Glad you found it and I hope it is then end of your problems.

    Doug

    Leave a comment:


  • Guest's Avatar
    Guest replied
    so do I...I'm going to judiciously watch it though...especially underway.

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  • Guest's Avatar
    Guest replied
    I'm hoping its not a crack either. It took forever to diagnose; and I ended up removing the manifold as a last resort. If you suspect that leak was a slow one and responsible for depleting your coolant, keep a constant eye on coolant levels. Hopefully, you caught the problem.

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  • Guest's Avatar
    Guest replied
    I found the leak around the elbow joint you see above, where it screws in...I tightened it up...it was loose. I think the reason I may not have seen any coolant is that it's such a slow leak that it slowly ran out (very slowly) and into the bilge and mixed with the other water in the bilge. I also think that the overall coolant levels were really low, but as I'd top it off, it would run fine awhile.

    I would hope it isn't a crack though...this is a new engine with only 300 hours on her.

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  • Guest's Avatar
    Guest replied
    You mentioned there was no coolant in the bilge. If this is in fact a leak, wouldn't you see it in the bilge. My concern would be around where the coolant is actually going. On my previous boat, I discovered one of the walls of the manifold had developed a crack; and the coolant was going into the exhaust stream. I would run the engine for 15 minutes and a third of my coolant would disappear. Check to see whether this is the case. You don't want to be losing coolant, even in small amounts. I eventually replaced the manifold and the problem was solved.

    As to whether that happened at slow RPM's, I don't think it made a difference for me.

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  • Guest's Avatar
    Guest replied
    Okay I tightened her up, topped off the coolant tank, ran her for 15 minutes...high rpm and low...she never goes up above 150 on the gauge...plenty of room before the red...when I did this the other day the moment I took the rpm down she's spike in heat. So I'm guessing that when I'd head out...I'd run low on coolant...and the raw water at a higher rpm kept the engine cool but at a lower rpm the other coolant wasn't enough...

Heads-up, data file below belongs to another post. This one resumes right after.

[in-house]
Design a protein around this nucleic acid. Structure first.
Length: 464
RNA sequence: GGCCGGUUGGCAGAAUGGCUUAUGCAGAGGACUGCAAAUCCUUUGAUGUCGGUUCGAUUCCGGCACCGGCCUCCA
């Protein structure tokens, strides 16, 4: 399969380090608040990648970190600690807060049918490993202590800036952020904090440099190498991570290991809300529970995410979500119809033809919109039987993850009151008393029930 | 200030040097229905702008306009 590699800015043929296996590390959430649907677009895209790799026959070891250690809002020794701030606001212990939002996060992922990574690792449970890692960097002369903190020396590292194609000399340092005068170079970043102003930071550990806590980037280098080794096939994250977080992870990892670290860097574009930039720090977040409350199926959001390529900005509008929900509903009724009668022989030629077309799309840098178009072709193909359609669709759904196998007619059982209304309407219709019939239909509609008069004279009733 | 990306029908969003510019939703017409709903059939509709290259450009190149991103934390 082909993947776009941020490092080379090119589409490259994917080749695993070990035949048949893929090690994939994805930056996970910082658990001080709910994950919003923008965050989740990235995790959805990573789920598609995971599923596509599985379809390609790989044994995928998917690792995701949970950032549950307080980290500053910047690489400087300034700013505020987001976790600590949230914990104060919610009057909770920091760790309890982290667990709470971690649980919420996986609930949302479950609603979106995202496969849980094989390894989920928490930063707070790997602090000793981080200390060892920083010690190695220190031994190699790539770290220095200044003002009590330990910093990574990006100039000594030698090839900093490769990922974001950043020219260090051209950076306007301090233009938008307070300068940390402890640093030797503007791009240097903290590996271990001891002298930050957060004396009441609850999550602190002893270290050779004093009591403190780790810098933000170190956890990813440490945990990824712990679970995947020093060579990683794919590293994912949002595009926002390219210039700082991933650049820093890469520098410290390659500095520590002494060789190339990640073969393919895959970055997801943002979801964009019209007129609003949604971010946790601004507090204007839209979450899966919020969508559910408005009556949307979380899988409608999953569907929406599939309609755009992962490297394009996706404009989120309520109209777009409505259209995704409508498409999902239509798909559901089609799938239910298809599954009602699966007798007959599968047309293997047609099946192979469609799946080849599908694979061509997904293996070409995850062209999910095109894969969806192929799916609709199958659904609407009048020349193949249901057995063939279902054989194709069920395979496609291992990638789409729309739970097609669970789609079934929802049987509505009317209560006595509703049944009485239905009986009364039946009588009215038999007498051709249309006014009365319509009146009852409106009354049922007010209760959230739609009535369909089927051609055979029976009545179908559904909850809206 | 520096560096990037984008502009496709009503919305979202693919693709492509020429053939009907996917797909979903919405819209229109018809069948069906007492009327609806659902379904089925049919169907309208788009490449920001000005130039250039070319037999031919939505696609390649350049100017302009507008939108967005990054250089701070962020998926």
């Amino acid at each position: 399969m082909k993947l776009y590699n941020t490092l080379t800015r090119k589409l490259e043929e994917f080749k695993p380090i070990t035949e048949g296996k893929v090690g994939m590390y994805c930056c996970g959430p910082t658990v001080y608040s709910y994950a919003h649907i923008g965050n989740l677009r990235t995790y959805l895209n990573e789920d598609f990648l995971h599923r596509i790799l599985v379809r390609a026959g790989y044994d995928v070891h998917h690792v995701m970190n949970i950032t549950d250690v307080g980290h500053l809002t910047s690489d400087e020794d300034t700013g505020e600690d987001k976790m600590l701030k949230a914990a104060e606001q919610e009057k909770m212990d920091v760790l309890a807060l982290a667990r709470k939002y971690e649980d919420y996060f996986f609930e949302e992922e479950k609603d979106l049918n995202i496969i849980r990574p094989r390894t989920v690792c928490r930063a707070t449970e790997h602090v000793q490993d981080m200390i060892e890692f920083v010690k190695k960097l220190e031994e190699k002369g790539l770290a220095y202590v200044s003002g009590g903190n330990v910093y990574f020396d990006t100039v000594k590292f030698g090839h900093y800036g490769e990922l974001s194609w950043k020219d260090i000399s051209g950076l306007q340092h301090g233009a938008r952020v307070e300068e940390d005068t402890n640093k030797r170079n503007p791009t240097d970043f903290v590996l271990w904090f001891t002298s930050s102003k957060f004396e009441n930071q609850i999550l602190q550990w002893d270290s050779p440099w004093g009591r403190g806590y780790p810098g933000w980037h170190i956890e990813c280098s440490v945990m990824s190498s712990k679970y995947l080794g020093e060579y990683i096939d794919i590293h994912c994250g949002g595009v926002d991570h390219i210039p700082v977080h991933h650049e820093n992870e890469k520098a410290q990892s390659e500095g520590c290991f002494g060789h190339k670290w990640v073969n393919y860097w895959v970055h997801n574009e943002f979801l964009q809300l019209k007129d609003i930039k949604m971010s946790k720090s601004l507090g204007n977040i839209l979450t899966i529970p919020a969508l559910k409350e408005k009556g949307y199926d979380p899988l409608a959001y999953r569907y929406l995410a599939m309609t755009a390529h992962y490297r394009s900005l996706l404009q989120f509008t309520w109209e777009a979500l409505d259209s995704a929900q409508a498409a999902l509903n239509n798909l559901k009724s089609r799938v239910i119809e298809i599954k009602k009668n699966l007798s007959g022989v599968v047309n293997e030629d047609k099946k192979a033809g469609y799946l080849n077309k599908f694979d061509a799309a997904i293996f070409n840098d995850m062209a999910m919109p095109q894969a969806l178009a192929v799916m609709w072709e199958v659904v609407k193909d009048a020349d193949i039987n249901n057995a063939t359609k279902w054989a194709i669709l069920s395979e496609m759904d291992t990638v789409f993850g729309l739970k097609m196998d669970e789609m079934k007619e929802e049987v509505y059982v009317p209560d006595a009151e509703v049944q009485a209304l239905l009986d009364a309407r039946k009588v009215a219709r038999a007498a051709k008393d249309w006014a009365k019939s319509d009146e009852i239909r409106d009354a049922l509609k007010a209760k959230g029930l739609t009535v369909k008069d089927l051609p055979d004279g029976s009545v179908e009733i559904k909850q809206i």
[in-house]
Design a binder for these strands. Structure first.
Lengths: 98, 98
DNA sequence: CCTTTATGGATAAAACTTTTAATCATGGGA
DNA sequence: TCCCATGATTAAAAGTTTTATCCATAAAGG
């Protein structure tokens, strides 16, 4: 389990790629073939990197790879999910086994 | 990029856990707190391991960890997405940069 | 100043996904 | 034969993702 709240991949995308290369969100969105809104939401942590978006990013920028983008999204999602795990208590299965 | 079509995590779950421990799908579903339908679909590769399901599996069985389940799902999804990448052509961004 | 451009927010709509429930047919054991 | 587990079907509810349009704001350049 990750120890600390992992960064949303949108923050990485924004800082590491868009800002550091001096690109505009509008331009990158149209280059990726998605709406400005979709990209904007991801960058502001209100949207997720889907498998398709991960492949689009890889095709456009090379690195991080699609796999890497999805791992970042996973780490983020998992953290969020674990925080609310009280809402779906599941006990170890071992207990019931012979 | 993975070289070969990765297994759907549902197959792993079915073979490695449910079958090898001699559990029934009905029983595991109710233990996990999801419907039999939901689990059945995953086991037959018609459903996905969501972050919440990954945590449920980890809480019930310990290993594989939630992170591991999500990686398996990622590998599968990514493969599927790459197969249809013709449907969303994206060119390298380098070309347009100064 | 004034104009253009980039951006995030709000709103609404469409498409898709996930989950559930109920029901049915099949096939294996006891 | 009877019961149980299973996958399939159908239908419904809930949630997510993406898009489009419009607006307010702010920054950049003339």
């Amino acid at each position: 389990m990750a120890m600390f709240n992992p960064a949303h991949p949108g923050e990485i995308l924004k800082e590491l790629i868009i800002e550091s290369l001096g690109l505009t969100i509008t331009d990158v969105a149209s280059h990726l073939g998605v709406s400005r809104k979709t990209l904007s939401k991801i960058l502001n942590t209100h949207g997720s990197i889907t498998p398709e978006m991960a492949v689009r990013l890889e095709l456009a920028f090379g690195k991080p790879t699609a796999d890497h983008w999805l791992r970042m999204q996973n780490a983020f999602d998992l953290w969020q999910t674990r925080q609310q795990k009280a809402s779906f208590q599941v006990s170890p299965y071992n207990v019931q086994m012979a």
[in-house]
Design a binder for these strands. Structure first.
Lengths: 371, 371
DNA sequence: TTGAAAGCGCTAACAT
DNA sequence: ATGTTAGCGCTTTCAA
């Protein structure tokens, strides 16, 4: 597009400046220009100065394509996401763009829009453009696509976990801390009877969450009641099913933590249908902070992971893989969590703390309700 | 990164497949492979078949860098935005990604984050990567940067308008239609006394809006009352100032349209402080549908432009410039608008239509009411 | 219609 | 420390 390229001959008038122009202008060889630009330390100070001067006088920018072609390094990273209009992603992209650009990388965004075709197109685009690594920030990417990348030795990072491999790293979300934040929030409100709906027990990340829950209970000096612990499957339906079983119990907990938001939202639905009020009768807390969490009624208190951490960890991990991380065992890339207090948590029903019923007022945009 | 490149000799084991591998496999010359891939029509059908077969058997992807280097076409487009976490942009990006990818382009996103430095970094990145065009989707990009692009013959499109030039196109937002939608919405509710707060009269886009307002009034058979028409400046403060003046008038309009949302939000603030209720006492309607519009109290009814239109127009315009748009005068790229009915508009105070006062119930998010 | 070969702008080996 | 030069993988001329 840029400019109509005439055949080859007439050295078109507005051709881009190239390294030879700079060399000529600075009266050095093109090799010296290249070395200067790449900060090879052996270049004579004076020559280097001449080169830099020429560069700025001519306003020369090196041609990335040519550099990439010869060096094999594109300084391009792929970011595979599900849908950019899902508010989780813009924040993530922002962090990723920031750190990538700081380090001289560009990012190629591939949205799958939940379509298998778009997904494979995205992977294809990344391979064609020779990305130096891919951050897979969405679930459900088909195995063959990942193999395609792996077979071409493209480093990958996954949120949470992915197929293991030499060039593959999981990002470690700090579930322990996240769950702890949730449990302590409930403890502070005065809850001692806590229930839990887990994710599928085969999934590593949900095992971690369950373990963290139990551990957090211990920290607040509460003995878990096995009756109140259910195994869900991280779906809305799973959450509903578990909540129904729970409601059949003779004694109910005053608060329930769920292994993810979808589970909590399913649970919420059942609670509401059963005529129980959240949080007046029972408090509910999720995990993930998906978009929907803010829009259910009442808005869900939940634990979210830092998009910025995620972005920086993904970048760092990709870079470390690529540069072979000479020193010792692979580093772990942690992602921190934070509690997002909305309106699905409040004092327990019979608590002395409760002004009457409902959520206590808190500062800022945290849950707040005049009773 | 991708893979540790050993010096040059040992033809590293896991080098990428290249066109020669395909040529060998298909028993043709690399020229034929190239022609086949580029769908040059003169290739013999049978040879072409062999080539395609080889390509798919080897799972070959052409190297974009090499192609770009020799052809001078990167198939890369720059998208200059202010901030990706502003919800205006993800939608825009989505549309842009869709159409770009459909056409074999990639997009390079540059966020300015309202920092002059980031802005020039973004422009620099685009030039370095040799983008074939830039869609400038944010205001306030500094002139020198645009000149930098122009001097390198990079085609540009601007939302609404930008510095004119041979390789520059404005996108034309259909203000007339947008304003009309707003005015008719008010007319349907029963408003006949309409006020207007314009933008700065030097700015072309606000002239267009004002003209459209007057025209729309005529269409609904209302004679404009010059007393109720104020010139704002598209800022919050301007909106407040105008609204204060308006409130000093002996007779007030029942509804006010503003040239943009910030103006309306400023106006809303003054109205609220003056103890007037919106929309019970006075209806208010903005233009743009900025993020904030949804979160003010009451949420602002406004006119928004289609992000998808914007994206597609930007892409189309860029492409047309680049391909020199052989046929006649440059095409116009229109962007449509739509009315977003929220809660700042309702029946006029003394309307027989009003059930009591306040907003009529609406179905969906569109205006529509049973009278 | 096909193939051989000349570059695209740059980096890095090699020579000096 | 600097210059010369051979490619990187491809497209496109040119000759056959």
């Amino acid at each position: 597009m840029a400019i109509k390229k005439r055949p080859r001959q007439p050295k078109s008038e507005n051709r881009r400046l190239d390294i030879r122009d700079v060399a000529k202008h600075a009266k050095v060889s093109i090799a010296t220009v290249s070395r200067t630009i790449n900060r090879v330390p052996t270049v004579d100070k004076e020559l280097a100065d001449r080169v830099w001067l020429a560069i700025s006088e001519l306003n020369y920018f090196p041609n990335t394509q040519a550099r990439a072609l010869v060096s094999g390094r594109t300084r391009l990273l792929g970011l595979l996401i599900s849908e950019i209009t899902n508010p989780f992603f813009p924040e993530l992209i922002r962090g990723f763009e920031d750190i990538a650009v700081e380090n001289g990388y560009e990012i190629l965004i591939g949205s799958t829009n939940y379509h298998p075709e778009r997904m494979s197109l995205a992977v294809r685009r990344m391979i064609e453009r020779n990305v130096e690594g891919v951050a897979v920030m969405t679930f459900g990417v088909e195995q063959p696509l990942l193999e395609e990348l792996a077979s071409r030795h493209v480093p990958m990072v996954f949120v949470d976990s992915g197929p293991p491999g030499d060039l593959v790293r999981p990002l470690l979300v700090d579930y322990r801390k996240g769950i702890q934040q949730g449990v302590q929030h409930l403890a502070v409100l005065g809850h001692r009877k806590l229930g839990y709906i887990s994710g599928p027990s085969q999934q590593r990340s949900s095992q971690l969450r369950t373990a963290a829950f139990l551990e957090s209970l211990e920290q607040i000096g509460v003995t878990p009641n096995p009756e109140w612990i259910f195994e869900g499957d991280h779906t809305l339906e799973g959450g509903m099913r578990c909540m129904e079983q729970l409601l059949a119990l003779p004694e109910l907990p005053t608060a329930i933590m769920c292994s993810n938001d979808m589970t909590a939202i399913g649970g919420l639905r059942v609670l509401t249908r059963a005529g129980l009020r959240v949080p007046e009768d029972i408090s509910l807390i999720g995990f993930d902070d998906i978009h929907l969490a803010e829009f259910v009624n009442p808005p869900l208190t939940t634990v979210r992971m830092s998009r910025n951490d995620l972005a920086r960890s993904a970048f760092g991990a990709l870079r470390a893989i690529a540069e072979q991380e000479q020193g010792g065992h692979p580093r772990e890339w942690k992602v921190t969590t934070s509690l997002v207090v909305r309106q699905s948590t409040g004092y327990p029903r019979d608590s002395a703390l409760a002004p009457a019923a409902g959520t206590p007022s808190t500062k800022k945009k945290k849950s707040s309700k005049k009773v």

Does that sound right?

    Leave a comment:


  • Guest's Avatar
    Guest replied
    [img]/media/kunena/attachments/vb/654311=24661-photo3.jpg[/img]Feeling around I just found a leak off one of the hoses from the thermostat...this is the antifreeze/coolant side...I said up before that sometimes the overflow would have fluid....and then be empty...so what if the engine is simply low on coolant? I just never noticed this leak before because is was so slow.

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  • Guest's Avatar
    Guest replied
    I would check exhaust manifolds and elbows. When the rust up they can be OK at speed and not let enough water through at idle.

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  • boatworkfl
    replied
    Check the strainer, back flush it if possible in case the pick up strainer is clogged, check the thermostat, it may not be opening at the proper temp.

    Check the exhaust at the riser exit for rust.

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  • Guest's Avatar
    Guest replied
    I pulled out the impeller and it looks brand new...any other thoughts?

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  • Guest's Avatar
    Guest replied
    So I started following the hoses from the intake which all had water coming in fine. I then opened the impeller, but I'm not experienced with these so I don't know if this looks good or bad. She's rubber...this look like it's a problem?

    [img]/media/kunena/attachments/vb/654295=24659-photo.jpg[/img]

    [img]/media/kunena/attachments/vb/654295=24660-photo2.jpg[/img]

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  • dmcb
    replied
    With a water pump impeller that is bad it will still pump water. The faster it turns the more it will pump. Coupled with the fins that can still be in the system slowing down the flow, what is happening to you is what happens in these conditions.

    Doug